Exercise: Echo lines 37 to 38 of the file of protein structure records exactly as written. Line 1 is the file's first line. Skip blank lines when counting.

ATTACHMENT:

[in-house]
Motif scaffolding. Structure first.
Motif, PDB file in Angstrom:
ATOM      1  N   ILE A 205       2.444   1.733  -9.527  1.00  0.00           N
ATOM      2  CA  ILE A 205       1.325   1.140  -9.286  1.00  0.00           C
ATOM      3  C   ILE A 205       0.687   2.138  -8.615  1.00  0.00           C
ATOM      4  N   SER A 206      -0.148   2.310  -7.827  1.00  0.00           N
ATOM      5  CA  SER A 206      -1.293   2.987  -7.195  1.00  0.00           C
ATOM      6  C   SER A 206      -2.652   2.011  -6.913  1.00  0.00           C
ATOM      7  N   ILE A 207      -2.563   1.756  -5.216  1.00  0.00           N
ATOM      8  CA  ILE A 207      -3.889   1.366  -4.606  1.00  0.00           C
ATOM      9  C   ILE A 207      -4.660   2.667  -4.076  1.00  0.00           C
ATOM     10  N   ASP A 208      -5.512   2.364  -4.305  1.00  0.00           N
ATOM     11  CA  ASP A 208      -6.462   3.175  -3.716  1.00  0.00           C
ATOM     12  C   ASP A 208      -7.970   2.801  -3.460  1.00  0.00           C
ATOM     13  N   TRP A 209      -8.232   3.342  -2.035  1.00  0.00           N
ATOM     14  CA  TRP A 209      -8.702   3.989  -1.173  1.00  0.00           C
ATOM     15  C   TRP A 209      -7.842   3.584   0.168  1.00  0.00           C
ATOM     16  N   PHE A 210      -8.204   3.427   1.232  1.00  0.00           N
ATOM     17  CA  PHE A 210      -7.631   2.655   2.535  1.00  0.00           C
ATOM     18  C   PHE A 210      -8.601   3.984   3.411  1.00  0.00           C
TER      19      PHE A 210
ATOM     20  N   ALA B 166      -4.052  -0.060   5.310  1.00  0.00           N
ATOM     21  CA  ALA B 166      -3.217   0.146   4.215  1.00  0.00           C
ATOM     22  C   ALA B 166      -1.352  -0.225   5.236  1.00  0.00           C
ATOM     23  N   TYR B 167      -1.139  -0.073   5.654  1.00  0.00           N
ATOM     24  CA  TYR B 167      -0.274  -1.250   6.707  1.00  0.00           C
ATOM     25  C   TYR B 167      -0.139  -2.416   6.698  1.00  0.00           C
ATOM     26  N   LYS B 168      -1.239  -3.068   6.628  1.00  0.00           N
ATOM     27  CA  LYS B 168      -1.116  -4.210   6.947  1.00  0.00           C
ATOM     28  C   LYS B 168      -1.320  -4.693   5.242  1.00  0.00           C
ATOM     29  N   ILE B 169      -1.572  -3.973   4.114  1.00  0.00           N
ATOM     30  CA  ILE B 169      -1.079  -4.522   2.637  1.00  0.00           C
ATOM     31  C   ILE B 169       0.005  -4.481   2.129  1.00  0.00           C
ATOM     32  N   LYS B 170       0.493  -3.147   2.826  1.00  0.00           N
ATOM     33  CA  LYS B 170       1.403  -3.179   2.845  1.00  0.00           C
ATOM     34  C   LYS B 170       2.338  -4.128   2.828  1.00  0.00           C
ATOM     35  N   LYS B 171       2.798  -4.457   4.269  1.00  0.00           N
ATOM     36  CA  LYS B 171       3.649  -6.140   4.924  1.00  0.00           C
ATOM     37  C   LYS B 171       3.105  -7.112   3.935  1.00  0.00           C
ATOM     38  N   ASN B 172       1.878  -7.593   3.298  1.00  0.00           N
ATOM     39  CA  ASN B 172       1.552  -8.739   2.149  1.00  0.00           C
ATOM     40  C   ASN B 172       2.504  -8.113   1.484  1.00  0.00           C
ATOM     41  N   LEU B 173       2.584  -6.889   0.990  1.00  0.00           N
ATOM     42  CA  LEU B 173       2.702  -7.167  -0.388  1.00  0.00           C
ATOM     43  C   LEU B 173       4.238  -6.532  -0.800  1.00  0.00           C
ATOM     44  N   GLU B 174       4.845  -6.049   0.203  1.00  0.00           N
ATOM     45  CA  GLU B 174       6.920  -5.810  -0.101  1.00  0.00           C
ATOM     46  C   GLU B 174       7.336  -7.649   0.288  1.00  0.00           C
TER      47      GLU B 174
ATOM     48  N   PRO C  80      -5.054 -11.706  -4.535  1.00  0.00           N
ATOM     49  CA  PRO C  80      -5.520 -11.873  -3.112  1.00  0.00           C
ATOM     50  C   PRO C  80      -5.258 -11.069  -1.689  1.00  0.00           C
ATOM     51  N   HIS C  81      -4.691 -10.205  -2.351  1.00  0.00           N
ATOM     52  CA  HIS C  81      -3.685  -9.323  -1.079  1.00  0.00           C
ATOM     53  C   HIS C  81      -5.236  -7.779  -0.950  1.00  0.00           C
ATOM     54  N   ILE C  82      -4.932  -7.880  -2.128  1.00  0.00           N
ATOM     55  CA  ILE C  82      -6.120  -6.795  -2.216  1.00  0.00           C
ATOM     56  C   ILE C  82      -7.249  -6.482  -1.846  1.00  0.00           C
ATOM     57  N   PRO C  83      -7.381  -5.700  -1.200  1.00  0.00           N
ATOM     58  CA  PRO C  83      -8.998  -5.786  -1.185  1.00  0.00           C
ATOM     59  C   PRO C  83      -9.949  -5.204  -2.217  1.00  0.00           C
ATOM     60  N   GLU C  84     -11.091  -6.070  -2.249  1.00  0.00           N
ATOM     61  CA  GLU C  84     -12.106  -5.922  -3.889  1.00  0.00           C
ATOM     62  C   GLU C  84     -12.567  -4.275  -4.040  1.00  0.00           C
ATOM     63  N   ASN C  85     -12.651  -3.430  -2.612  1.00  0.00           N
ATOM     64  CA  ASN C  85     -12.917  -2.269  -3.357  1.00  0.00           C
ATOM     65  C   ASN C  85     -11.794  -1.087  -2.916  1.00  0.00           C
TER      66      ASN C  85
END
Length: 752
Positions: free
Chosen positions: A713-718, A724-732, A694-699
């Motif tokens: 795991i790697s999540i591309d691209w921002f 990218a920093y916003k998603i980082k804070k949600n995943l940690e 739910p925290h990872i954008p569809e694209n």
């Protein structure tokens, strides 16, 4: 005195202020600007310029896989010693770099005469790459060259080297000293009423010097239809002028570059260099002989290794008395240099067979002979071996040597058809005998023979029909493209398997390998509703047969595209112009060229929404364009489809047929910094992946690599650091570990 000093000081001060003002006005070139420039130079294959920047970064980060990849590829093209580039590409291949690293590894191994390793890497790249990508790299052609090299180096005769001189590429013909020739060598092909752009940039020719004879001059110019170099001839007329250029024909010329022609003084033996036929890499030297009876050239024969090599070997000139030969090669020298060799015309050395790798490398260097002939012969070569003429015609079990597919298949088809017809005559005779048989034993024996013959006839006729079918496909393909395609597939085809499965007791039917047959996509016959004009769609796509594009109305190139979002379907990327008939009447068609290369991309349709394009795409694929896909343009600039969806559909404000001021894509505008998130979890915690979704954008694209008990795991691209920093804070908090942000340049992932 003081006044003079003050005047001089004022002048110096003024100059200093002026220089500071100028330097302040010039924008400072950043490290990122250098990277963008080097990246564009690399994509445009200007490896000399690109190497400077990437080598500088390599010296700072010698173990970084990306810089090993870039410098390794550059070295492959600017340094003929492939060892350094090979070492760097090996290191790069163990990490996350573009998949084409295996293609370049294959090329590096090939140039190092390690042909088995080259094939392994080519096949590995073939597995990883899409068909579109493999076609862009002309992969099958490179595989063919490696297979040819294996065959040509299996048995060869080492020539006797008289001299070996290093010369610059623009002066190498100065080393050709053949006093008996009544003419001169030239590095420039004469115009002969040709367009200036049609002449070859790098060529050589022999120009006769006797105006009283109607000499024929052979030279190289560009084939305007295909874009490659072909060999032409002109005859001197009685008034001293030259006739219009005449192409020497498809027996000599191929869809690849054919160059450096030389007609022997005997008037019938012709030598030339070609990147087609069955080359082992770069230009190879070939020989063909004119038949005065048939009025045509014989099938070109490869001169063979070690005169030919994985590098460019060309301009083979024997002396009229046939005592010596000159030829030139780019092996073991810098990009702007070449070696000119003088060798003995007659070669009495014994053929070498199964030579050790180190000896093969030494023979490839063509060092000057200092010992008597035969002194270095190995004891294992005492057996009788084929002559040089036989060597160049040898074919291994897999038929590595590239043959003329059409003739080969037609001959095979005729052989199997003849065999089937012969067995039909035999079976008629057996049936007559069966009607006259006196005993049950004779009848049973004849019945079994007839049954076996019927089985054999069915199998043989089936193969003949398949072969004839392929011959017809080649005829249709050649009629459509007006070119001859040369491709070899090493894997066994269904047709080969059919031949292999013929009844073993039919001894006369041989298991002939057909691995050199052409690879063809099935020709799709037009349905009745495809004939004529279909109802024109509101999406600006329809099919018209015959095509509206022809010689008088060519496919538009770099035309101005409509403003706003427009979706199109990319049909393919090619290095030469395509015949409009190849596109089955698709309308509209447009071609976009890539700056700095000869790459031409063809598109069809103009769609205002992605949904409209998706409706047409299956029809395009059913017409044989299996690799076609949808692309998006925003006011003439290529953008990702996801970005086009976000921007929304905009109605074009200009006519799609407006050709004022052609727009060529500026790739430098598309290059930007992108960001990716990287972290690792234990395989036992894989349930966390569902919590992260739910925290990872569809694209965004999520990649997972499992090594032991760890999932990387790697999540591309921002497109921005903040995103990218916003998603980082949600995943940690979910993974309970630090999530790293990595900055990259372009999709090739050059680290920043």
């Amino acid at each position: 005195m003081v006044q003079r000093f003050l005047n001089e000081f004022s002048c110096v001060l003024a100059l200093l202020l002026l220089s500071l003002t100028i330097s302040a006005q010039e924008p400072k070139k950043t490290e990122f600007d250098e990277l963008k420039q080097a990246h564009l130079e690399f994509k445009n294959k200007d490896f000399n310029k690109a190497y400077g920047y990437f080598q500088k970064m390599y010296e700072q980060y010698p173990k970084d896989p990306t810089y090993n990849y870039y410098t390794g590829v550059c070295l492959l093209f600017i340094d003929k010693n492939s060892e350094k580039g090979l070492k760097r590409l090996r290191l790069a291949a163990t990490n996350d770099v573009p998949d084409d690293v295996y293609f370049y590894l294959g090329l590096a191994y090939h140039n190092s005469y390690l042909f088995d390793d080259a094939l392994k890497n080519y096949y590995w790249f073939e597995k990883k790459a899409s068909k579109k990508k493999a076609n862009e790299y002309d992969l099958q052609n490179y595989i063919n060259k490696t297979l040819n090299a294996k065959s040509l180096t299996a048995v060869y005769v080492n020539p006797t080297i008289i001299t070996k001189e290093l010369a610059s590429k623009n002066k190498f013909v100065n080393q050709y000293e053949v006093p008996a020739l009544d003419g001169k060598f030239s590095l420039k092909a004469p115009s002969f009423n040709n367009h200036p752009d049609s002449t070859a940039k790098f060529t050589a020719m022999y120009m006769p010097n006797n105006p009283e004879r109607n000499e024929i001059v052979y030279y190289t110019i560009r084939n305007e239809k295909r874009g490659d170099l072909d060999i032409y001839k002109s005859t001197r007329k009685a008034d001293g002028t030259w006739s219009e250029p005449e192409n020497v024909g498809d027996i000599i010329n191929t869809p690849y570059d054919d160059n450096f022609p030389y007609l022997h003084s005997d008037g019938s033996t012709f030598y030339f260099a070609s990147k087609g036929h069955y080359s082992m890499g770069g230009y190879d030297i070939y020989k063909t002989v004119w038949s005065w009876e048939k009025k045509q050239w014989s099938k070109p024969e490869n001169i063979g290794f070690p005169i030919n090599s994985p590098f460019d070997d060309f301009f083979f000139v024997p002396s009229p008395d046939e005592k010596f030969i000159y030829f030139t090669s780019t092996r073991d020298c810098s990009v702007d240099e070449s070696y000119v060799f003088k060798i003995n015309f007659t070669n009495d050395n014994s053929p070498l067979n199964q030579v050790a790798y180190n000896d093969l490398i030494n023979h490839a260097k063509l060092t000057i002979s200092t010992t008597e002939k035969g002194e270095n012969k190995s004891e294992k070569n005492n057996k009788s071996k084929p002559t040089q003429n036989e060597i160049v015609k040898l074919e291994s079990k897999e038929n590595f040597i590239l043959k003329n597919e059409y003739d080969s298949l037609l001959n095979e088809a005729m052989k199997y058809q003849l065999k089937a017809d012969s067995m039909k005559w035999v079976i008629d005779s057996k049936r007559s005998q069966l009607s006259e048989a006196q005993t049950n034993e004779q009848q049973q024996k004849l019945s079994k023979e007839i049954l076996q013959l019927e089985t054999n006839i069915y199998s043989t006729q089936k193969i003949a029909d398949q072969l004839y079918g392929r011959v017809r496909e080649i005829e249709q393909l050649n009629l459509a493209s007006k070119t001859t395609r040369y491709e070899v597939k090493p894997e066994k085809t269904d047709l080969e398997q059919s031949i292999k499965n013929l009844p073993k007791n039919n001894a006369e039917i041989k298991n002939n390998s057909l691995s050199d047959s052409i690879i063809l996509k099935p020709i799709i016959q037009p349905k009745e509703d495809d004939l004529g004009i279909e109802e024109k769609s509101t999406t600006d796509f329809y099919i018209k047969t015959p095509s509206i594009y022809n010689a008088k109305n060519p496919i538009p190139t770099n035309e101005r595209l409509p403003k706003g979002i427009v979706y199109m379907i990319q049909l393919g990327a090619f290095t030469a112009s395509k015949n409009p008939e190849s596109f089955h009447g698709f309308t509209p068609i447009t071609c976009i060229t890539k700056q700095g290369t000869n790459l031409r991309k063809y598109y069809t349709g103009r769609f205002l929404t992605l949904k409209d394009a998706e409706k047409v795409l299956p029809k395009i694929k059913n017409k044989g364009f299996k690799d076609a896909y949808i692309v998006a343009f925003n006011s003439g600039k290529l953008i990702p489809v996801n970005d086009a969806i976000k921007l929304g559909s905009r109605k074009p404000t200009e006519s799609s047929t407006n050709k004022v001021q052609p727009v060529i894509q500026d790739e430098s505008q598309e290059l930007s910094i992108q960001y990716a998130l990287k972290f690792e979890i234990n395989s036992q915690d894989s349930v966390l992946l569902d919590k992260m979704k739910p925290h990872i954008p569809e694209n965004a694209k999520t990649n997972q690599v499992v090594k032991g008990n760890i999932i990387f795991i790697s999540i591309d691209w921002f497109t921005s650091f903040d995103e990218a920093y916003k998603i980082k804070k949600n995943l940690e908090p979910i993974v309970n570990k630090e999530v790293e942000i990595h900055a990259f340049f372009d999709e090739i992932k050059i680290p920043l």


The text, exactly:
ATOM     34  C   LYS B 170       2.338  -4.128   2.828  1.00  0.00           C
ATOM     35  N   LYS B 171       2.798  -4.457   4.269  1.00  0.00           N